Can Storytelling Be Taught?

Jordan Dane

I posted some quotes below from bestselling authors on the craft of writing and the writer’s life. Some are funny, most are thought provoking, but the one at the top of the list from Willa Cather struck me as a topic for conversation here at TKZ.

From Cather’s quote, it would appear she believed that most of an author’s innate ability to write comes from how their lives were shaped in the first 15 years. We can read craft books, attend lectures, and follow as much advice as we have time to absorb on how to write books, construct stories, create characters, and world build, but there is also a part of who we are that makes up the total author.

For me, I grew up in a large family and our parents taught us how to laugh and we used our imaginations to tell stories and have adventures outside, not with video games. We even had skits we did for summer projects on our own. We did audio recordings of scripts I wrote as TV show parodies, complete with fake commercials. We chose video recordings (like a filmmaker) for class projects. We were all about theatrics and drama, for fun.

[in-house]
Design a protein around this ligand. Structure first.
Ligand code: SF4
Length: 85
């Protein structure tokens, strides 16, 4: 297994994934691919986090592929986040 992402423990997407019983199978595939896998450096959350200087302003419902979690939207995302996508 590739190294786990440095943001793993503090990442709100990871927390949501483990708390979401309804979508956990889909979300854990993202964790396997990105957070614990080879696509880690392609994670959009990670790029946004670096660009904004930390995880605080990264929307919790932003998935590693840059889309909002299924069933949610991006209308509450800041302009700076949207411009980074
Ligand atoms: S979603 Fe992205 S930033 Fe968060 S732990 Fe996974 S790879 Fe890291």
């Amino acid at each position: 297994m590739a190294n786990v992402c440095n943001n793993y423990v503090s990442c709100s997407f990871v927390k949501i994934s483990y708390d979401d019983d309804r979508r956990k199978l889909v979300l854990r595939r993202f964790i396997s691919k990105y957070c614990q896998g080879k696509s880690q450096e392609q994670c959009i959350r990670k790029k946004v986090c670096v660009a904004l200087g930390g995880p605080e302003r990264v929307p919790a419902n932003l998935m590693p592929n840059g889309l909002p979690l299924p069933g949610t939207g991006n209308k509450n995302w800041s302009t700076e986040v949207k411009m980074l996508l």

I wrote a lot of things and had always been drawn to the written word. My grandfather had been a big influence on me. He came to this country from Mexico after fleeing the revolution in his country. He wrote for the Hispanic newspaper, La Prensa, in San Antonio and he eventually managed the Alameda Theatre that brought in vaudeville acts and Mexican movie stars to the stage. As a young child I rode a pony across the stage of that theatre as part of an act. 

Mostly I remember listening to my grandfather’s many stories. Some were real and others, not so much. What he didn’t know, he made up with a flourish. All of these influences became ways for me to tell a story and stretch my imagination.

I can see what influenced me as a writer in those early years, but I’d love to hear from you about your lives and formative experiences.

1.) What in your earlier years influenced you to become a writer?